Is GPT-3 Text Indistinguishable from Human Text? Scarecrow: A Framework for Scrutinizing Machine Text
Yao Dou, Maxwell Forbes, Rik Koncel-Kedziorski, Noah Smith, Yejin Choi
Modern neural language models can produce remarkably fluent and grammatical text. So much, in fact, that recent work by Clark et al. (2021) has reported that conventional crowdsourcing can no longer reliably distinguish between machine-authored (GPT-3) and human-authored writing. As errors in machine generations become ever subtler and harder to spot, it poses a new challenge to the research community for robust machine text evaluation. We propose a new framework called Scarecrow for scrutinizing machine text via crowd annotation. To support the broad range of real machine errors that can be identified by laypeople, the ten error categories of Scarecrow—such as redundancy, commonsense errors, and incoherence—are identified through several rounds of crowd annotation experiments without a predefined ontology. We then use Scarecrow to collect over 41k error spans in human-written and machine-generated paragraphs of English language news text. We isolate factors for detailed analysis, including parameter count, training data, and various decoding-time configurations. Our approach successfully quantifies measurable gaps between human authored text and generations from models of several sizes, including fourteen configurations of GPT-3. In addition, our analysis unveils new insights, with detailed rationales provided by laypeople, e.g., that the commonsense capabilities have been improving with larger models while math capabilities have not, and that the choices of simple decoding hyperparameters can make remarkable differences on the perceived quality of machine text. We release our training material, annotation toolkit and dataset at https://yao-dou.github.io/scarecrow/.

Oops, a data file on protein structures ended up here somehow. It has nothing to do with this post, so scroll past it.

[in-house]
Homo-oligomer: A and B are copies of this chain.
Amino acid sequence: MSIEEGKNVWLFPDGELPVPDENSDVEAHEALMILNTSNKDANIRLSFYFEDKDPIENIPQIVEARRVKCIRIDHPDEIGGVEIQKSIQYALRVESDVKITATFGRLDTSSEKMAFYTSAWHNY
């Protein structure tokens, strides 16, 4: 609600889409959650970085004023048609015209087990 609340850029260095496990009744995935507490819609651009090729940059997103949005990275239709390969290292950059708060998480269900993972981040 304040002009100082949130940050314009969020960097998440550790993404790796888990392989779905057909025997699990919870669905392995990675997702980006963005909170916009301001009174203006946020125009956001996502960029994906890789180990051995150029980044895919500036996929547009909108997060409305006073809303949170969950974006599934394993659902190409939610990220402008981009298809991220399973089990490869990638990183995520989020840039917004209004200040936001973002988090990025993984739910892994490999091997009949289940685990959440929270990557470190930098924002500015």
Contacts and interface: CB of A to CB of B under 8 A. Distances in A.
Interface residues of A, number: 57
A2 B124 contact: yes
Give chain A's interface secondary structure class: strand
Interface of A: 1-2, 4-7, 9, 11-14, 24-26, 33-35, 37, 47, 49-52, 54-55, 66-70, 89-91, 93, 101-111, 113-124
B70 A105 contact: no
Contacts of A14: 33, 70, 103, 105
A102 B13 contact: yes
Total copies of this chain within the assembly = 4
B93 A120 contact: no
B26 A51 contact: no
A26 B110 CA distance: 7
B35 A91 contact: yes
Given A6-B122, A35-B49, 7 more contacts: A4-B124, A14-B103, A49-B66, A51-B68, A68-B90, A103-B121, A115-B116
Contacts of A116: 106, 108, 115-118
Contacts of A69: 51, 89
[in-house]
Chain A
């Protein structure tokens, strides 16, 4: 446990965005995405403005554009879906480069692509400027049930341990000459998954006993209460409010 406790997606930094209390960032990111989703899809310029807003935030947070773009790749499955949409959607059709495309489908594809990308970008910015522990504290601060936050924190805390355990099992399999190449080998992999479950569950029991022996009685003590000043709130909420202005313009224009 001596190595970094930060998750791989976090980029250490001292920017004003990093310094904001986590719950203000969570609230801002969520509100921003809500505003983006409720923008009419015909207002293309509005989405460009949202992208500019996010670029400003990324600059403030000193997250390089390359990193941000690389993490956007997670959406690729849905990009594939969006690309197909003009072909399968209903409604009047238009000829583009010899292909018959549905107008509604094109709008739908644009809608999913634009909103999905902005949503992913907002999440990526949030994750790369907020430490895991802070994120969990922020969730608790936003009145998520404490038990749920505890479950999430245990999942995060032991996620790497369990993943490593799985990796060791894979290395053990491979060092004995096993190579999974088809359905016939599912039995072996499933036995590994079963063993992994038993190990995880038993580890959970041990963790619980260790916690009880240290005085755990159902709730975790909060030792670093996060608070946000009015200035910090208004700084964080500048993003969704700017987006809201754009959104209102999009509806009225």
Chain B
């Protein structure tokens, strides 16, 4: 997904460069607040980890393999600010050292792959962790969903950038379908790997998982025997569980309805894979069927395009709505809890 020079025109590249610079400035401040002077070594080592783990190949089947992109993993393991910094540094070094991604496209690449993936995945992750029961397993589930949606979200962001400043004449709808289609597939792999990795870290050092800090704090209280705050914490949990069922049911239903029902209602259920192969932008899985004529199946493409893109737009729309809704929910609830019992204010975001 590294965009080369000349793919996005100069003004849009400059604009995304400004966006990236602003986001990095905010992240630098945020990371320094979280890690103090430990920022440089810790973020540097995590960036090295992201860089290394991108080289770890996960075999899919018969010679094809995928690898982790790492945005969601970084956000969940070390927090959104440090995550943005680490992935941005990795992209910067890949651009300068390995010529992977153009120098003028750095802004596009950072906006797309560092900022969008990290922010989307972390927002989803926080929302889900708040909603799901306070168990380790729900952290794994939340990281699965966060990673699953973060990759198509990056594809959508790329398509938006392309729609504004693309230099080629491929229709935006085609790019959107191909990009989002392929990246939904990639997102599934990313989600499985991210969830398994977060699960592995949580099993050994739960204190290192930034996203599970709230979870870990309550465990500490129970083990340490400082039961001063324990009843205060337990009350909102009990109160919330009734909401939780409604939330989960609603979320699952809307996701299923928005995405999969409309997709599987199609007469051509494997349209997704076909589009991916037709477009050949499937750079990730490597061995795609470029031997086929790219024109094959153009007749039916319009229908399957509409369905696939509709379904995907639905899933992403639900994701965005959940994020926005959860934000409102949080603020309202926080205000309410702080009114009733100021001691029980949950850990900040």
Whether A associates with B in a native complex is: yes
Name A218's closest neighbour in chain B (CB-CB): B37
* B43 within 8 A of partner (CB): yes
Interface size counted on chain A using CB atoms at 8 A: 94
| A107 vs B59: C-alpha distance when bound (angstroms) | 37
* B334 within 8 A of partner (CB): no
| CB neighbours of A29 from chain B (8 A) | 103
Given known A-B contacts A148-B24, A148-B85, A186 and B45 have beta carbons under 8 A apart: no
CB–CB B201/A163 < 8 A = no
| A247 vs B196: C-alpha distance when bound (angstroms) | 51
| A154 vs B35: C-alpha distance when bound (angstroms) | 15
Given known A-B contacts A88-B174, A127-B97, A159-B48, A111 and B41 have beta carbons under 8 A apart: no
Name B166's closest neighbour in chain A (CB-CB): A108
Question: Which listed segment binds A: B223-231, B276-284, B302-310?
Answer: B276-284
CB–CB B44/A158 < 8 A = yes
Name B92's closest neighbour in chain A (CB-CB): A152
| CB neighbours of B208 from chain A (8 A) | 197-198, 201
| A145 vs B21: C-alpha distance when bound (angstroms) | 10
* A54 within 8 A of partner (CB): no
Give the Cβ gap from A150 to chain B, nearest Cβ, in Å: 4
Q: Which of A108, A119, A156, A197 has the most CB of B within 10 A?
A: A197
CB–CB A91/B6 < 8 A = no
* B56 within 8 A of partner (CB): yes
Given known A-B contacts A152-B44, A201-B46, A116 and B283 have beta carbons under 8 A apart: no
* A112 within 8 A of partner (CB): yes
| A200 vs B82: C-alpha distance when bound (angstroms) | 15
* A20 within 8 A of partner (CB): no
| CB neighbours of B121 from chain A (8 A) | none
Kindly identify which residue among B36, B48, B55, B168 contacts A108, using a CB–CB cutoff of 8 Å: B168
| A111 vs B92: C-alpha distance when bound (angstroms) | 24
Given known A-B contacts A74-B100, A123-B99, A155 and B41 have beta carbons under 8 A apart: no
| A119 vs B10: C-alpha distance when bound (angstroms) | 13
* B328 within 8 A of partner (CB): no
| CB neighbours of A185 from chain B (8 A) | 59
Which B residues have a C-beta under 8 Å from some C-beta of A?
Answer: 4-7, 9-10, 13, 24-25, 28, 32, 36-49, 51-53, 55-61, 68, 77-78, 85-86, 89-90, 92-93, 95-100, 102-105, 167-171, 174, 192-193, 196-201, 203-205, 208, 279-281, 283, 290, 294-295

EDDIE : End-to-End Humor Generation Model with Keyword Control (Student Workshop Paper)